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Poster Programme
PS28 Impact of Number and Type of Comorbidity on Depression Prevalence and Health Care Costs. Population-Based Cohort Study
  1. N Bhattarai1,
  2. J Charlton1,
  3. C Rudisill2,
  4. M C Gulliford1
  1. 1Department of Primary Care and Public Health Sciences, King’s College London, London, UK
  2. 2Department of Social Policy and LSE Health, London School of Economics, London, UK

Abstract

Background The degree to which the number of comorbidities and the presence of depression impact health care use and costs has been unexplored employing actual resource use data representing a general population. We aimed to evaluate the impact of number and type of comorbidities on depression prevalence, health care utilisation and health care costs.

Methods Cohort study and included in the study were 300,020 participants aged 30 years of age registered with the UK General Practice Research Database. We used the UK General Practice Research Database to examine participants’ diagnoses and resource use in primary and secondary care from 2005 to 2009. Healthcare unit costs and the costs of each individual prescription item were analysed.

Results In participants with no comorbidity, the age-standardised prevalence of depression was 7% in men and 14% in women. The likelihood of having depression increased in participants with single comorbidities including diabetes mellitus (men 13%, women 22%), CHD (men 15%, women 24%), stroke (men 14%, women 26%) or colorectal cancer (men 10%, women 21%). Patients with concurrent diabetes, CHD and stroke had a very high prevalence of depression (men 23%, women 49%) with women being more likely to suffer depression. Patients with a single comorbidity were 1.63 (95% confidence interval 1.59 to 1.66) times more likely to be depressed than those without comorbidity while those with two and three comorbidities were 1.96 (1.89 to 2.03) and 2.35 (2.03 to 2.59) times more likely. Depression increased the total costs of resources utilised per year in all participants across both genders, all age groups and across all comorbidities analysed in this study. Individuals with depression had higher total annual health care costs (males = £1014, females=£1212) than those without comorbidity or depression (males = £380, females = £517). Those with diabetes alone had £1144 for males and £1393 for females but £ 2534 for males and £ 3017 for females when depression was present alongside diabetes. When patients had diabetes, CHD and had suffered a stroke these patients’ costs were £1541 for males and £1879 for females without depression and £3420 for males and £4072 for females with depression. Depression increased the associated cost of any comorbidity.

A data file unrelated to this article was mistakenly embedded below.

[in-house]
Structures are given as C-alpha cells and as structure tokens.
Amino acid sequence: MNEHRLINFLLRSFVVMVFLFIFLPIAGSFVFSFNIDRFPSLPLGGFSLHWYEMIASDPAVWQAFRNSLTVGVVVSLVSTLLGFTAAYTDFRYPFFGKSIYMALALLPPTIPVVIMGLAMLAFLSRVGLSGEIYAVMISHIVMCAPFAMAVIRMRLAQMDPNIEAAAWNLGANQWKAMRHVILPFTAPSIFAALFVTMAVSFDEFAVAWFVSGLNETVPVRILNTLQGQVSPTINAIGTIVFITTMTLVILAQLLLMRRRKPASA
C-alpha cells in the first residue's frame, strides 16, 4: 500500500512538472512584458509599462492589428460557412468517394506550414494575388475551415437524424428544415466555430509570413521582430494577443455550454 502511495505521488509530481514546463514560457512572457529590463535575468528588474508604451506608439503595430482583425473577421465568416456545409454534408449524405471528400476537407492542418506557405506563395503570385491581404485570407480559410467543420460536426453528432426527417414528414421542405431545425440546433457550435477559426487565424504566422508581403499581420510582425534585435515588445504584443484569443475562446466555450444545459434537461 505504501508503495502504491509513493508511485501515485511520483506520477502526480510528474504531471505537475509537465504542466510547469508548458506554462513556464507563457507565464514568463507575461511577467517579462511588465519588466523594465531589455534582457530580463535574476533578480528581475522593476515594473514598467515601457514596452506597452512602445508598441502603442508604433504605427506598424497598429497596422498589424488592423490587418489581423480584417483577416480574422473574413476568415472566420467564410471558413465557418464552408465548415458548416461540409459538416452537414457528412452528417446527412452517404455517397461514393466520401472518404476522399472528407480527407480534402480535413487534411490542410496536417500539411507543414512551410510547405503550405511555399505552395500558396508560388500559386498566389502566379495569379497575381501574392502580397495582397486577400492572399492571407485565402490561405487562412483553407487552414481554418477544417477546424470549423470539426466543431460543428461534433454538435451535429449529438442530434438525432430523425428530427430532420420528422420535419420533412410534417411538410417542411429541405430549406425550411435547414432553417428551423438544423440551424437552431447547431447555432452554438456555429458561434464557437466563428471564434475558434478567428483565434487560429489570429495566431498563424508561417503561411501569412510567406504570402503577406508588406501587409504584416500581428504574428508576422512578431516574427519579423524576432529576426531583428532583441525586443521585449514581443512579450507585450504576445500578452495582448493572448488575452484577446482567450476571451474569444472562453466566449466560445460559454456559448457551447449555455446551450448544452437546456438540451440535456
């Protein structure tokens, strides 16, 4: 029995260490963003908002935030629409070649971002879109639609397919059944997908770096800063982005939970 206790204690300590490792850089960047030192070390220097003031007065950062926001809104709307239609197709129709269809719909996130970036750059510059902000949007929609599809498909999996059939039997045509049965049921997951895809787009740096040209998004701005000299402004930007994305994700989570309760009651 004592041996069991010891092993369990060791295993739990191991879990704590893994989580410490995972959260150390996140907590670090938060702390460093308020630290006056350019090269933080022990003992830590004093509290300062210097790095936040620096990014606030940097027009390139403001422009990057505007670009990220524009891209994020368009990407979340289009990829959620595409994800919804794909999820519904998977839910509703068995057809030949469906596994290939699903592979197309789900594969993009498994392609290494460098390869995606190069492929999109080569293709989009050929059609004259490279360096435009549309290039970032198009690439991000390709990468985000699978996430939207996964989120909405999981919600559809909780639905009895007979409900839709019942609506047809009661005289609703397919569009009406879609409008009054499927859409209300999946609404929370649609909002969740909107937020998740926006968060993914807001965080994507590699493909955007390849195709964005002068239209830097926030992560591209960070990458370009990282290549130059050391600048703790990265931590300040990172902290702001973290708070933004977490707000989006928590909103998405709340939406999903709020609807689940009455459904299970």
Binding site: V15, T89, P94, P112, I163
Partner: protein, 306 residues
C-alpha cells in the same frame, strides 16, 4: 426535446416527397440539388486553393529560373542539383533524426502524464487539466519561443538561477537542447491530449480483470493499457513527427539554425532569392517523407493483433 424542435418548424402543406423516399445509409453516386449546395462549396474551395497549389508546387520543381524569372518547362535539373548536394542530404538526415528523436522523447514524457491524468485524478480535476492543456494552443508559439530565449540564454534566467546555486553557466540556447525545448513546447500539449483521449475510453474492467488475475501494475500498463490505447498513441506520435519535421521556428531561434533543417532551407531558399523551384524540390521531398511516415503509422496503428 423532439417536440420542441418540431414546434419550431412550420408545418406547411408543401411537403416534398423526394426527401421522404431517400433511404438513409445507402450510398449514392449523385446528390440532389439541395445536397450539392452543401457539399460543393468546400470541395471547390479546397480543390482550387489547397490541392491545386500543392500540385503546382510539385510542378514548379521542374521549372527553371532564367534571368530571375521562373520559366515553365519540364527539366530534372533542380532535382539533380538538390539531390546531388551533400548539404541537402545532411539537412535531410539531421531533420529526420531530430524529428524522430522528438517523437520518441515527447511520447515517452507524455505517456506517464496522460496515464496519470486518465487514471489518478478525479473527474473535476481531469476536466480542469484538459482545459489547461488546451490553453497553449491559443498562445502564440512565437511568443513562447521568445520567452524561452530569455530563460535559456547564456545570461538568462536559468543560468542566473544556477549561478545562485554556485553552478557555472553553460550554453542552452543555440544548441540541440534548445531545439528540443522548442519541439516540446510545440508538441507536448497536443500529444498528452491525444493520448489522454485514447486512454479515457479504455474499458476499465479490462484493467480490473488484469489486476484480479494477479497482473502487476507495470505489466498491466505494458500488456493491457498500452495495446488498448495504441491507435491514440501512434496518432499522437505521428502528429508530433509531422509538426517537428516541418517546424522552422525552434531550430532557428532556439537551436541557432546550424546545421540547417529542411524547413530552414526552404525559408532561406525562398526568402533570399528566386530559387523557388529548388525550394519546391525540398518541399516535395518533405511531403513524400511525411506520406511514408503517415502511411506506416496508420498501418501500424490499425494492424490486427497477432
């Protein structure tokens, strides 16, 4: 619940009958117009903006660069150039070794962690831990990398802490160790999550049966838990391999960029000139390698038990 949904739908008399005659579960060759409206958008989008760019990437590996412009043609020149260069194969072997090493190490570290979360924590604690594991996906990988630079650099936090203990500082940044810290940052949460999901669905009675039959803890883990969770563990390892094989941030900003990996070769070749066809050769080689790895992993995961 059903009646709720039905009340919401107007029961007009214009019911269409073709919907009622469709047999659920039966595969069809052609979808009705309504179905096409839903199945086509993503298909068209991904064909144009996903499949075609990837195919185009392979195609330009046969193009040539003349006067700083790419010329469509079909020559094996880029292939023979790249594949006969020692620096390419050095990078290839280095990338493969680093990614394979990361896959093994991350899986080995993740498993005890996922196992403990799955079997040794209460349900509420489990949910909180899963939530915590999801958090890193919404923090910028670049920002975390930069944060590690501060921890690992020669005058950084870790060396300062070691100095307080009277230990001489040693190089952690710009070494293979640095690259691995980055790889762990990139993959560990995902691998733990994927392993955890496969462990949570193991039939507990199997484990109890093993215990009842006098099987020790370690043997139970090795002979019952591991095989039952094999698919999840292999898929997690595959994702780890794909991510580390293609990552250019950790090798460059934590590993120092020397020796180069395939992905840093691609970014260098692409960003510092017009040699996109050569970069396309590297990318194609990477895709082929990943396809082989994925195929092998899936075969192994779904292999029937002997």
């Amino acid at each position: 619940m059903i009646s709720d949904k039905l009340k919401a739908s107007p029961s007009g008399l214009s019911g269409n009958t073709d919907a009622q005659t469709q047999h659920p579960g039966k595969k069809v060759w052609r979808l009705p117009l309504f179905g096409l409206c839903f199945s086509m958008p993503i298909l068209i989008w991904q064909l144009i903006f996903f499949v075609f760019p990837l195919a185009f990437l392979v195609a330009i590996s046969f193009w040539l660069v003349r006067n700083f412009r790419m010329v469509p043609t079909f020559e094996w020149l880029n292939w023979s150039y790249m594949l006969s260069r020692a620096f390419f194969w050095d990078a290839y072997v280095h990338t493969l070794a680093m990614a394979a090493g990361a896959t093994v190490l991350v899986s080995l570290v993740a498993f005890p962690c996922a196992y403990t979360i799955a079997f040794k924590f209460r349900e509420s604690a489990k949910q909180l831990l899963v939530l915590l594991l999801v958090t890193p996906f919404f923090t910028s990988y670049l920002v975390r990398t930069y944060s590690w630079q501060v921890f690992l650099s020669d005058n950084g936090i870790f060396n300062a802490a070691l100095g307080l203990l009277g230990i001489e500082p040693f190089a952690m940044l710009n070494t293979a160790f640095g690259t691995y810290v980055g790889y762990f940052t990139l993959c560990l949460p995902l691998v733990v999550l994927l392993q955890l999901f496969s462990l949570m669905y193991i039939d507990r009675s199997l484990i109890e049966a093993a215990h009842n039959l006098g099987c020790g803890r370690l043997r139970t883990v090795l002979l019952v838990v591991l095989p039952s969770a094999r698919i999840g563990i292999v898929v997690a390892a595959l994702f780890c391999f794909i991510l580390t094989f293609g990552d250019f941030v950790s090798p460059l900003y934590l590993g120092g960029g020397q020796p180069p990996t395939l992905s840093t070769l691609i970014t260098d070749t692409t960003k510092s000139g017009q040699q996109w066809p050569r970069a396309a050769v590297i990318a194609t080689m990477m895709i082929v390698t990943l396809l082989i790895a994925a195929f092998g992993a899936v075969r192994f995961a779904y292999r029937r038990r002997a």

Conclusion The prevalence of depression appears to be more strongly determined by the number of comorbidities rather than the precise nature of the comorbid diagnoses. Additional costs of health care utilisation are considerably higher when depression is associated with single or multiple comorbidities.

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